A good paragraph should have a clear internal structure with an opening, development and ending. Each paragraph should deal with one idea or aspect of an idea, and it should be clear to the reader what this main idea is.
This idea is usually shown in the topic sentence (see next section). It is important to remember that paragraphs in different parts of an article or essay have different purposes, and may be very different. However, most paragraphs tend to have 3 parts: an opening sentence (or sentences), development of ideas/information, and an ending/closing sentence.
The opening sets the context, gives a general idea of the content and may also refer back to previous paragraphs.
The body of the paragraph should develop the idea that has been introduced at the beginning of the paragraph. This can be done by:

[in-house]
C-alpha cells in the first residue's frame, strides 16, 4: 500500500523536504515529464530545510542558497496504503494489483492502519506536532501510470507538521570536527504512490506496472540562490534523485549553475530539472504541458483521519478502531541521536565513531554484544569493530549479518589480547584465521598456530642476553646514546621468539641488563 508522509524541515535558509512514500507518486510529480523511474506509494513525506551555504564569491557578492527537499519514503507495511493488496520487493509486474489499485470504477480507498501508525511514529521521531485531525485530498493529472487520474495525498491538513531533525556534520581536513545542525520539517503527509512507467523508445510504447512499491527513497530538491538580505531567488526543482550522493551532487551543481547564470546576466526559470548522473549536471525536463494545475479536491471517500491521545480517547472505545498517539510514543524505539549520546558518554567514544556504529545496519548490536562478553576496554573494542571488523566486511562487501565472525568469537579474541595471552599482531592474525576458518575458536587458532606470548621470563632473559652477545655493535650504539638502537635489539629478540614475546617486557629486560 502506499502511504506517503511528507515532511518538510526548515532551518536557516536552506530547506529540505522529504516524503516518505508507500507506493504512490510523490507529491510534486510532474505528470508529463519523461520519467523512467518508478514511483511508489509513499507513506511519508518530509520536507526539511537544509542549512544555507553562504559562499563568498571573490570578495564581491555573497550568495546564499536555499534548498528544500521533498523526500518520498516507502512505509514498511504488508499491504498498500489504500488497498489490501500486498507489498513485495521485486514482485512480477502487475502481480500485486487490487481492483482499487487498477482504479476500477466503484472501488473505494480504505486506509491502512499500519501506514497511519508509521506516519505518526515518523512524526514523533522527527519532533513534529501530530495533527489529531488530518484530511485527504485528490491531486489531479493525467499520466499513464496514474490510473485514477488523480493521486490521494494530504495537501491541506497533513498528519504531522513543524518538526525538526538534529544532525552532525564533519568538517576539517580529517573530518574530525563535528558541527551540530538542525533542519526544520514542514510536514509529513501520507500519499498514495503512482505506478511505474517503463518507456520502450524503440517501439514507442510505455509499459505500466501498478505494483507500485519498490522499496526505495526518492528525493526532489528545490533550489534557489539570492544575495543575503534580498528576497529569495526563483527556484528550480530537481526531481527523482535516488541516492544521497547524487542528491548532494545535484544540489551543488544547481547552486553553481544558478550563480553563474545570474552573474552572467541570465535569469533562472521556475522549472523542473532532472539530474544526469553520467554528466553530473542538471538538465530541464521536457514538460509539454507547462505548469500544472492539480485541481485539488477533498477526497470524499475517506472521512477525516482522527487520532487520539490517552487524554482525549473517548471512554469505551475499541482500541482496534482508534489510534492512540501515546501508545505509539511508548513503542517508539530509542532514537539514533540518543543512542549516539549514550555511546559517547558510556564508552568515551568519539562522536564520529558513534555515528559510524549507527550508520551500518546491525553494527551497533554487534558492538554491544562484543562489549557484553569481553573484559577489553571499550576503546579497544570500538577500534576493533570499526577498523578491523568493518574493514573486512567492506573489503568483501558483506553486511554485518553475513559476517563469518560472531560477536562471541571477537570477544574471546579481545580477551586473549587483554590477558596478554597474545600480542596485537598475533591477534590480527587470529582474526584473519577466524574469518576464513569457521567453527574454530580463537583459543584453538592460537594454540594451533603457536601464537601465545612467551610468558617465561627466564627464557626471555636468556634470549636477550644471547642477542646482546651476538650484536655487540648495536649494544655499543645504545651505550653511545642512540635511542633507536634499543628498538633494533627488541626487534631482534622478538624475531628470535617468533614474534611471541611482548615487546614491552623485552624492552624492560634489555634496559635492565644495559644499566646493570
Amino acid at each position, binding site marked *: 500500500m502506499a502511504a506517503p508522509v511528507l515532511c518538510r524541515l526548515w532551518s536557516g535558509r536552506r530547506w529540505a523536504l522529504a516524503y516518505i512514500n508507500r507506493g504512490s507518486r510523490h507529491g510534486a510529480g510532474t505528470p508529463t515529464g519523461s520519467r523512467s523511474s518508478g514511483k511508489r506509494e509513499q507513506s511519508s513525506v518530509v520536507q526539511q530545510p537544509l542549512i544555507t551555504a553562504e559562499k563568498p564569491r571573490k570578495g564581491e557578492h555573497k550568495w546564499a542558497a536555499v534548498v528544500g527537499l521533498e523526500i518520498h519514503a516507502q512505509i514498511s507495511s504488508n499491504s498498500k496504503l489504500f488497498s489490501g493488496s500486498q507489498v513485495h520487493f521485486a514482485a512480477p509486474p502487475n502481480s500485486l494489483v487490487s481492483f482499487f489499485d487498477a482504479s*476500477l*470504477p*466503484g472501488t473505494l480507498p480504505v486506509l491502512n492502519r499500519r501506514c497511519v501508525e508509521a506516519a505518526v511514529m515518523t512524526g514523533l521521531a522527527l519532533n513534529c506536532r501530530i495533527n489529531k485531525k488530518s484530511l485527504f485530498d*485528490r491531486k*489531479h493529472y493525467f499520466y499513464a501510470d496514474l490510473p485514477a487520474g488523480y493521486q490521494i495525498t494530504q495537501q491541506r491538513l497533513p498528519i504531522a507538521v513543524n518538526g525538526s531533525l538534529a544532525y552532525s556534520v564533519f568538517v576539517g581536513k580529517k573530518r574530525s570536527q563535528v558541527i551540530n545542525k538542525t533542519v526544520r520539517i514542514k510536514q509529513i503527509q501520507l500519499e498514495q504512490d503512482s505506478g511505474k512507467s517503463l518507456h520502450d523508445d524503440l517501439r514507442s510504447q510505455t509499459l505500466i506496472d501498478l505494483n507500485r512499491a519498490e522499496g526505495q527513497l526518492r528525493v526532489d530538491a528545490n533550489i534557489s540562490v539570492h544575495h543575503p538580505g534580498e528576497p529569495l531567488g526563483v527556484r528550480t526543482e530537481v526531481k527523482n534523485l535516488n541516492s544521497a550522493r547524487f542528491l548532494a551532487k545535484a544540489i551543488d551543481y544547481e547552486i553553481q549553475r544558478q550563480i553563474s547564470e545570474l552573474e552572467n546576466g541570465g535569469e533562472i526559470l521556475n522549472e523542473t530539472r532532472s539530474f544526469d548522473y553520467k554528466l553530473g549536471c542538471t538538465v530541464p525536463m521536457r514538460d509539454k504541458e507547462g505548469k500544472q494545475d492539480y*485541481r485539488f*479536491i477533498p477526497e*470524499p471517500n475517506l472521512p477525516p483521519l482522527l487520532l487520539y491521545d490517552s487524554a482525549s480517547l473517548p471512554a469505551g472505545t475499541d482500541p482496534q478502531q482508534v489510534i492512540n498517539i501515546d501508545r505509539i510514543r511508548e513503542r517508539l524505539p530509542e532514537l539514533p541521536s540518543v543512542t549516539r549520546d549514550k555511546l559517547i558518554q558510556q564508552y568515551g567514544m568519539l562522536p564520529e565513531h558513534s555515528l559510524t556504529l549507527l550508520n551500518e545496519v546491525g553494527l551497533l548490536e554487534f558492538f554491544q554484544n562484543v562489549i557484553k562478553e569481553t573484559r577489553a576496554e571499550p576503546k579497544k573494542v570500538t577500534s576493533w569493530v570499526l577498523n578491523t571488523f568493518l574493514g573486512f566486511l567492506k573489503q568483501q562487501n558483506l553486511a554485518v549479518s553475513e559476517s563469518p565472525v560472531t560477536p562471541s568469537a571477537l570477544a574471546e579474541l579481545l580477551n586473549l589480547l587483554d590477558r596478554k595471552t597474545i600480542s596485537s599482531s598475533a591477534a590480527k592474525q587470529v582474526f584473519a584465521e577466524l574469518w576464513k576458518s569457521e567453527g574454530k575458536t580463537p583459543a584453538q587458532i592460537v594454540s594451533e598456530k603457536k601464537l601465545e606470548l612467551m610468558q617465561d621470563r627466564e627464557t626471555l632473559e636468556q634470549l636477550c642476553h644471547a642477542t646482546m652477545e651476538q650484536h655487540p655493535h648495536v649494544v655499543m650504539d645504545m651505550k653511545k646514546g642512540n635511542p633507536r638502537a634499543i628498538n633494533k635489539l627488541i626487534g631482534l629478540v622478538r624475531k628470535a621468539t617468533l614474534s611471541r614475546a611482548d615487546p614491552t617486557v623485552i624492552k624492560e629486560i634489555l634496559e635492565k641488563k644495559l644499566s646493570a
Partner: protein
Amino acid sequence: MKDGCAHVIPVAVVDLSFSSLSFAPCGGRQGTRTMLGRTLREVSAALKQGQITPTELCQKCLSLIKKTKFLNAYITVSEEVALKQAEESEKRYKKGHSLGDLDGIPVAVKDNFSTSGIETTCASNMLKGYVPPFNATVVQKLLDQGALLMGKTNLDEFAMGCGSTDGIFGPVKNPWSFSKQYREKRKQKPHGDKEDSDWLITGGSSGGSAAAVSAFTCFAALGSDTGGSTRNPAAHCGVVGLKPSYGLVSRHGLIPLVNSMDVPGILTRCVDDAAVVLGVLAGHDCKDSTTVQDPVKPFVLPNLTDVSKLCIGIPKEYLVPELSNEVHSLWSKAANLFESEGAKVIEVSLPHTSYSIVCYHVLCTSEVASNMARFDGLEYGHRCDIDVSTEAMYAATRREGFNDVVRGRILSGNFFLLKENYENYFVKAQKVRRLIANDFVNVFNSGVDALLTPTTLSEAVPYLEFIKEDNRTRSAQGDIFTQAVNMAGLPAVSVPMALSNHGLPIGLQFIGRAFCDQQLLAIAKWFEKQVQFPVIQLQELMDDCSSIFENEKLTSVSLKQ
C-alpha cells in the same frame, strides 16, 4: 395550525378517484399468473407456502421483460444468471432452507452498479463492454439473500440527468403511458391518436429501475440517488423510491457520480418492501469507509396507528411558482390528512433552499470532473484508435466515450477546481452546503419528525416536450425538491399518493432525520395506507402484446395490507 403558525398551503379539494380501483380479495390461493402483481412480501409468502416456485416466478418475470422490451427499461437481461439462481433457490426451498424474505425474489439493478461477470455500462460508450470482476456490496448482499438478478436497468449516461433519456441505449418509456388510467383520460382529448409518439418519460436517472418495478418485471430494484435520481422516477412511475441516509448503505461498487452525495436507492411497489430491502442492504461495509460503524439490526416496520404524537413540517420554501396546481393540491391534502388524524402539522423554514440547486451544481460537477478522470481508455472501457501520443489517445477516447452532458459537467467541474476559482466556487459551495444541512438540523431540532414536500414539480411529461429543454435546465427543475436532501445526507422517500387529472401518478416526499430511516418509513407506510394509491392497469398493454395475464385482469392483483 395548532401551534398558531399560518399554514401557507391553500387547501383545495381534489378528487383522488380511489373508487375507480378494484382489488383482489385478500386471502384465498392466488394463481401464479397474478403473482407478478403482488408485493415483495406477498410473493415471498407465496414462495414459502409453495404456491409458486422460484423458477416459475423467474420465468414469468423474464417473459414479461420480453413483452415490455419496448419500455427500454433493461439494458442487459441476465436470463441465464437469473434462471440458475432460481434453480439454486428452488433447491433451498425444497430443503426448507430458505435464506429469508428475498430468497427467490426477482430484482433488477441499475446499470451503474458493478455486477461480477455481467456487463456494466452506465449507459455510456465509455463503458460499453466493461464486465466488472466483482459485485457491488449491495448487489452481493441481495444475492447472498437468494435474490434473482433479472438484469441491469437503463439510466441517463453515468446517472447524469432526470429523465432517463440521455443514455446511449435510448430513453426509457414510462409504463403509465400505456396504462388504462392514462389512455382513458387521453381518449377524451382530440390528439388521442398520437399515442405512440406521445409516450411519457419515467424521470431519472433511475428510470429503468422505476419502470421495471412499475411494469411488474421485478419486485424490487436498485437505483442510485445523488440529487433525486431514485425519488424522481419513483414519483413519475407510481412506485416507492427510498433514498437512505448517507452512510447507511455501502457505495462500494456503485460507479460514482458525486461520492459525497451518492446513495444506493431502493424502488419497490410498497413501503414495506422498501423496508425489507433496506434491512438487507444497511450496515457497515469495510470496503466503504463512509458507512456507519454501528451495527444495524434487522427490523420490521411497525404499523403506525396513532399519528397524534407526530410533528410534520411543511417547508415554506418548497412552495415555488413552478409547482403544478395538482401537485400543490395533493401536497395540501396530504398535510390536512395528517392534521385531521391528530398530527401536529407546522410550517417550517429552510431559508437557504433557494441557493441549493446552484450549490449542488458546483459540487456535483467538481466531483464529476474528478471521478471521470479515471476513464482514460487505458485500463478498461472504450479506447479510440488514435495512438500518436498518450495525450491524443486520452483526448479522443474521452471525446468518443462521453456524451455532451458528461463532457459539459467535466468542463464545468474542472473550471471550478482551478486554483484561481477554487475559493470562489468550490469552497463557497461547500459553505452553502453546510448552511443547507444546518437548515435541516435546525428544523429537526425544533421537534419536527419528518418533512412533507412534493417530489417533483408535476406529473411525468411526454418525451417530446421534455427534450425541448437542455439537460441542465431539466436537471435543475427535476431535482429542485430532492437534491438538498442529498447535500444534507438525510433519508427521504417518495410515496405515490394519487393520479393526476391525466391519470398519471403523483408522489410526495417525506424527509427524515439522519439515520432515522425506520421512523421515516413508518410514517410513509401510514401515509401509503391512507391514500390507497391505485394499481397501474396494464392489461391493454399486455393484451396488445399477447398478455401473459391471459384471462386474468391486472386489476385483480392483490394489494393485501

The paragraph may end with the key point, or a summary of the previous point(s) emphasising its importance. There may be reference to the next paragraph, but this is not essential.
The example below shows a paragraph on the topic of the role of social media in political protests (such as Facebook or Twitter and its role in the Arab Spring). This paragraph is taken from the first part of a journal article and is equivalent to the Literature Review part of a long essay or dissertation.
This paragraph is organised in the following way as it:
Willems, W., (2019). ‘The politics of things’: digital media, urban space, and the materiality of publics. Media, culture & society [online]. 41(8), 1192–1209. [Viewed 11 September 2020]. Available from: https://doi.org/10.1177/0163443719831594
The writer refers to previous paragraphs and then summarizes a key finding from the literature in the academic debate (Social media played a key role in protests)
Develops the point:
Reaffirms the key point